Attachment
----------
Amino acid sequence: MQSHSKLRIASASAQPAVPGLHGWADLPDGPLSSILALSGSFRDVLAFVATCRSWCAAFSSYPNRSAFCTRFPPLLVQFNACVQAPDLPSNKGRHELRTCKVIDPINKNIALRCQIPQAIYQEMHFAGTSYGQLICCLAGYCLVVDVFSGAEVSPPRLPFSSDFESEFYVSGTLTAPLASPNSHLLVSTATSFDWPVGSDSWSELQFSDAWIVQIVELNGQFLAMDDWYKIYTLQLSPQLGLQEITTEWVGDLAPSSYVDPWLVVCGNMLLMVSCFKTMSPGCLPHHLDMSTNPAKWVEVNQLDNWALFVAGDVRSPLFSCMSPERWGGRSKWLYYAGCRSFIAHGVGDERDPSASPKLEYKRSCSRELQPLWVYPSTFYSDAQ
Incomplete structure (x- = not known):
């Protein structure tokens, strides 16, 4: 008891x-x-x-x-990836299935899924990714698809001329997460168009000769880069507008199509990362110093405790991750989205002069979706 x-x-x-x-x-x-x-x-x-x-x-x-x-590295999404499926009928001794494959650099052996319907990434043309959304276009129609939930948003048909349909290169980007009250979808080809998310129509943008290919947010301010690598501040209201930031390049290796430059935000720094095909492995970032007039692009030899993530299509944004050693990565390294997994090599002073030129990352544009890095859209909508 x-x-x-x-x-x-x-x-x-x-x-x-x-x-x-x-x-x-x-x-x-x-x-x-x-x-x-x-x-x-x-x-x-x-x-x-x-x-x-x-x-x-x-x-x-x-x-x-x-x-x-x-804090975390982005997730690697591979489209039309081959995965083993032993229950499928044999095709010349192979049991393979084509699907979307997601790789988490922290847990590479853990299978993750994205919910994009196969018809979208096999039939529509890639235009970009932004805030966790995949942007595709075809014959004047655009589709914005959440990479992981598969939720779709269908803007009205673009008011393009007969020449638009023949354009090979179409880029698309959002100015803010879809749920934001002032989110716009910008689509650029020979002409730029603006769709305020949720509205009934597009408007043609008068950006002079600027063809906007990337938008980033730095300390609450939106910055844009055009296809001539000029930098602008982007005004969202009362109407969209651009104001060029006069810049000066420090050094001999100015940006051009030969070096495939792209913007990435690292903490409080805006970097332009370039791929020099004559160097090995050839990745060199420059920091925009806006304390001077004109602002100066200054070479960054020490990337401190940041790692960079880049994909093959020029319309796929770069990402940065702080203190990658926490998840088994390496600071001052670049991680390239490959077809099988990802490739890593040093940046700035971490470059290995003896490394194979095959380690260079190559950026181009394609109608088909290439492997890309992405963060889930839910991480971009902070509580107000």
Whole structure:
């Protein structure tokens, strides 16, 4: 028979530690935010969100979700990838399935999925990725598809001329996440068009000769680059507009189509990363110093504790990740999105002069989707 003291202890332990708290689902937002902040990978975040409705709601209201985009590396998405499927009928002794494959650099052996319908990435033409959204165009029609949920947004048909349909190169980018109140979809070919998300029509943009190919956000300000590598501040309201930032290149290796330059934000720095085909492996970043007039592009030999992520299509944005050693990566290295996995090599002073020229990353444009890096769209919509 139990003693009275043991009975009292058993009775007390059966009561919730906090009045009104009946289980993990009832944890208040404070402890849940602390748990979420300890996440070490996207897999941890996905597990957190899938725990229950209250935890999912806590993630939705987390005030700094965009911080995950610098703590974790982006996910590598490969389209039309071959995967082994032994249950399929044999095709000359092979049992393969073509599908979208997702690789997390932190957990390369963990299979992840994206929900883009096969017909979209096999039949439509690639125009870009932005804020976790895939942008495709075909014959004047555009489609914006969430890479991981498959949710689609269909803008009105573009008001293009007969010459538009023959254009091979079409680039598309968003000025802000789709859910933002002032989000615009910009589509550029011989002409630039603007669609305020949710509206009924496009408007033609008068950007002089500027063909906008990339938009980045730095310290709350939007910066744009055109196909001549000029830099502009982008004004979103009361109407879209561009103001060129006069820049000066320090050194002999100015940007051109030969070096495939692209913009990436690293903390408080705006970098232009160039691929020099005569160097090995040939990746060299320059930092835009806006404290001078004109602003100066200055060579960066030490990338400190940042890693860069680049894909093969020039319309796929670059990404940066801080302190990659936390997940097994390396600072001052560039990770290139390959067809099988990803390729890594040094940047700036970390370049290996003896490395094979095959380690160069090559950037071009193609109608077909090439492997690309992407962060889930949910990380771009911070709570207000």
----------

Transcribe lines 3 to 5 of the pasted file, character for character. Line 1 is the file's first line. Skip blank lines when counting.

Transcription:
């Protein structure tokens, strides 16, 4: 008891x-x-x-x-990836299935899924990714698809001329997460168009000769880069507008199509990362110093405790991750989205002069979706 x-x-x-x-x-x-x-x-x-x-x-x-x-590295999404499926009928001794494959650099052996319907990434043309959304276009129609939930948003048909349909290169980007009250979808080809998310129509943008290919947010301010690598501040209201930031390049290796430059935000720094095909492995970032007039692009030899993530299509944004050693990565390294997994090599002073030129990352544009890095859209909508 x-x-x-x-x-x-x-x-x-x-x-x-x-x-x-x-x-x-x-x-x-x-x-x-x-x-x-x-x-x-x-x-x-x-x-x-x-x-x-x-x-x-x-x-x-x-x-x-x-x-x-x-804090975390982005997730690697591979489209039309081959995965083993032993229950499928044999095709010349192979049991393979084509699907979307997601790789988490922290847990590479853990299978993750994205919910994009196969018809979208096999039939529509890639235009970009932004805030966790995949942007595709075809014959004047655009589709914005959440990479992981598969939720779709269908803007009205673009008011393009007969020449638009023949354009090979179409880029698309959002100015803010879809749920934001002032989110716009910008689509650029020979002409730029603006769709305020949720509205009934597009408007043609008068950006002079600027063809906007990337938008980033730095300390609450939106910055844009055009296809001539000029930098602008982007005004969202009362109407969209651009104001060029006069810049000066420090050094001999100015940006051009030969070096495939792209913007990435690292903490409080805006970097332009370039791929020099004559160097090995050839990745060199420059920091925009806006304390001077004109602002100066200054070479960054020490990337401190940041790692960079880049994909093959020029319309796929770069990402940065702080203190990658926490998840088994390496600071001052670049991680390239490959077809099988990802490739890593040093940046700035971490470059290995003896490394194979095959380690260079190559950026181009394609109608088909290439492997890309992405963060889930839910991480971009902070509580107000």
Whole structure:
């Protein structure tokens, strides 16, 4: 028979530690935010969100979700990838399935999925990725598809001329996440068009000769680059507009189509990363110093504790990740999105002069989707 003291202890332990708290689902937002902040990978975040409705709601209201985009590396998405499927009928002794494959650099052996319908990435033409959204165009029609949920947004048909349909190169980018109140979809070919998300029509943009190919956000300000590598501040309201930032290149290796330059934000720095085909492996970043007039592009030999992520299509944005050693990566290295996995090599002073020229990353444009890096769209919509 139990003693009275043991009975009292058993009775007390059966009561919730906090009045009104009946289980993990009832944890208040404070402890849940602390748990979420300890996440070490996207897999941890996905597990957190899938725990229950209250935890999912806590993630939705987390005030700094965009911080995950610098703590974790982006996910590598490969389209039309071959995967082994032994249950399929044999095709000359092979049992393969073509599908979208997702690789997390932190957990390369963990299979992840994206929900883009096969017909979209096999039949439509690639125009870009932005804020976790895939942008495709075909014959004047555009489609914006969430890479991981498959949710689609269909803008009105573009008001293009007969010459538009023959254009091979079409680039598309968003000025802000789709859910933002002032989000615009910009589509550029011989002409630039603007669609305020949710509206009924496009408007033609008068950007002089500027063909906008990339938009980045730095310290709350939007910066744009055109196909001549000029830099502009982008004004979103009361109407879209561009103001060129006069820049000066320090050194002999100015940007051109030969070096495939692209913009990436690293903390408080705006970098232009160039691929020099005569160097090995040939990746060299320059930092835009806006404290001078004109602003100066200055060579960066030490990338400190940042890693860069680049894909093969020039319309796929670059990404940066801080302190990659936390997940097994390396600072001052560039990770290139390959067809099988990803390729890594040094940047700036970390370049290996003896490395094979095959380690160069090559950037071009193609109608077909090439492997690309992407962060889930949910990380771009911070709570207000």